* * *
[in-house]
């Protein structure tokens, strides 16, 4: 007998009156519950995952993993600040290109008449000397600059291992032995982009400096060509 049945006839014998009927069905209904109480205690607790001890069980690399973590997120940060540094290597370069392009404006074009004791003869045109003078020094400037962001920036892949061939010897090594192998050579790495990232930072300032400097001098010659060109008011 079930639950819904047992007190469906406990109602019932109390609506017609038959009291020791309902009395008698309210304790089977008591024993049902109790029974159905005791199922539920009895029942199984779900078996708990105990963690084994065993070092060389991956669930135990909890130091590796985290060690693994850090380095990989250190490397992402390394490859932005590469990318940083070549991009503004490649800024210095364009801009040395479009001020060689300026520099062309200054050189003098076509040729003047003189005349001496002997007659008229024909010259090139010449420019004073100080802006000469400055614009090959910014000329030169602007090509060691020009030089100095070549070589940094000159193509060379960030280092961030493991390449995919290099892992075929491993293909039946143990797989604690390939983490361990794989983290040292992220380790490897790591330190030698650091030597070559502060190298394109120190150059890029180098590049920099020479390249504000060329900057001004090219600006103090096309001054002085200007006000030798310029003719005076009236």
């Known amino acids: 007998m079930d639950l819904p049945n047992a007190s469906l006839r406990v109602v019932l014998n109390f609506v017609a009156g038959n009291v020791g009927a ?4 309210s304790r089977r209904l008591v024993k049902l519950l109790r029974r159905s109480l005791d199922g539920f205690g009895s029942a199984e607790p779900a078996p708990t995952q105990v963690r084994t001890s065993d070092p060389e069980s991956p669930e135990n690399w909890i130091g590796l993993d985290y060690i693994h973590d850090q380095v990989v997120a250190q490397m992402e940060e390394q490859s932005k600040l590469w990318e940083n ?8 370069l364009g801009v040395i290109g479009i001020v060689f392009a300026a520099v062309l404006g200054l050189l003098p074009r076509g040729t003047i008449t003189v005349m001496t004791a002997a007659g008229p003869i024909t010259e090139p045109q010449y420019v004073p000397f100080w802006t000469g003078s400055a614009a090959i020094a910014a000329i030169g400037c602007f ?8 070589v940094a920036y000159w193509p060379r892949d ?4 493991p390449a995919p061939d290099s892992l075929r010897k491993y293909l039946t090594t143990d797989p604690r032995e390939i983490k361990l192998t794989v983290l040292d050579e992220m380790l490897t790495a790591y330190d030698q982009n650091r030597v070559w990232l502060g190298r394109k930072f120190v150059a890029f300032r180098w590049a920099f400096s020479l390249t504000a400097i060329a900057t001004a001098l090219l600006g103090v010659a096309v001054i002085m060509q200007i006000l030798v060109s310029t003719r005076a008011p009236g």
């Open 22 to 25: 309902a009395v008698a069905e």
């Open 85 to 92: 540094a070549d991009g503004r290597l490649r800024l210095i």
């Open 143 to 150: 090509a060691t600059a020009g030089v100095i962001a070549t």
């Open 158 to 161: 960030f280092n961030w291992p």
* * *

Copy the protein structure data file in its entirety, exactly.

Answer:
[in-house]
């Protein structure tokens, strides 16, 4: 007998009156519950995952993993600040290109008449000397600059291992032995982009400096060509 049945006839014998009927069905209904109480205690607790001890069980690399973590997120940060540094290597370069392009404006074009004791003869045109003078020094400037962001920036892949061939010897090594192998050579790495990232930072300032400097001098010659060109008011 079930639950819904047992007190469906406990109602019932109390609506017609038959009291020791309902009395008698309210304790089977008591024993049902109790029974159905005791199922539920009895029942199984779900078996708990105990963690084994065993070092060389991956669930135990909890130091590796985290060690693994850090380095990989250190490397992402390394490859932005590469990318940083070549991009503004490649800024210095364009801009040395479009001020060689300026520099062309200054050189003098076509040729003047003189005349001496002997007659008229024909010259090139010449420019004073100080802006000469400055614009090959910014000329030169602007090509060691020009030089100095070549070589940094000159193509060379960030280092961030493991390449995919290099892992075929491993293909039946143990797989604690390939983490361990794989983290040292992220380790490897790591330190030698650091030597070559502060190298394109120190150059890029180098590049920099020479390249504000060329900057001004090219600006103090096309001054002085200007006000030798310029003719005076009236």
């Known amino acids: 007998m079930d639950l819904p049945n047992a007190s469906l006839r406990v109602v019932l014998n109390f609506v017609a009156g038959n009291v020791g009927a ?4 309210s304790r089977r209904l008591v024993k049902l519950l109790r029974r159905s109480l005791d199922g539920f205690g009895s029942a199984e607790p779900a078996p708990t995952q105990v963690r084994t001890s065993d070092p060389e069980s991956p669930e135990n690399w909890i130091g590796l993993d985290y060690i693994h973590d850090q380095v990989v997120a250190q490397m992402e940060e390394q490859s932005k600040l590469w990318e940083n ?8 370069l364009g801009v040395i290109g479009i001020v060689f392009a300026a520099v062309l404006g200054l050189l003098p074009r076509g040729t003047i008449t003189v005349m001496t004791a002997a007659g008229p003869i024909t010259e090139p045109q010449y420019v004073p000397f100080w802006t000469g003078s400055a614009a090959i020094a910014a000329i030169g400037c602007f ?8 070589v940094a920036y000159w193509p060379r892949d ?4 493991p390449a995919p061939d290099s892992l075929r010897k491993y293909l039946t090594t143990d797989p604690r032995e390939i983490k361990l192998t794989v983290l040292d050579e992220m380790l490897t790495a790591y330190d030698q982009n650091r030597v070559w990232l502060g190298r394109k930072f120190v150059a890029f300032r180098w590049a920099f400096s020479l390249t504000a400097i060329a900057t001004a001098l090219l600006g103090v010659a096309v001054i002085m060509q200007i006000l030798v060109s310029t003719r005076a008011p009236g």
């Open 22 to 25: 309902a009395v008698a069905e």
């Open 85 to 92: 540094a070549d991009g503004r290597l490649r800024l210095i």
């Open 143 to 150: 090509a060691t600059a020009g030089v100095i962001a070549t």
């Open 158 to 161: 960030f280092n961030w291992p």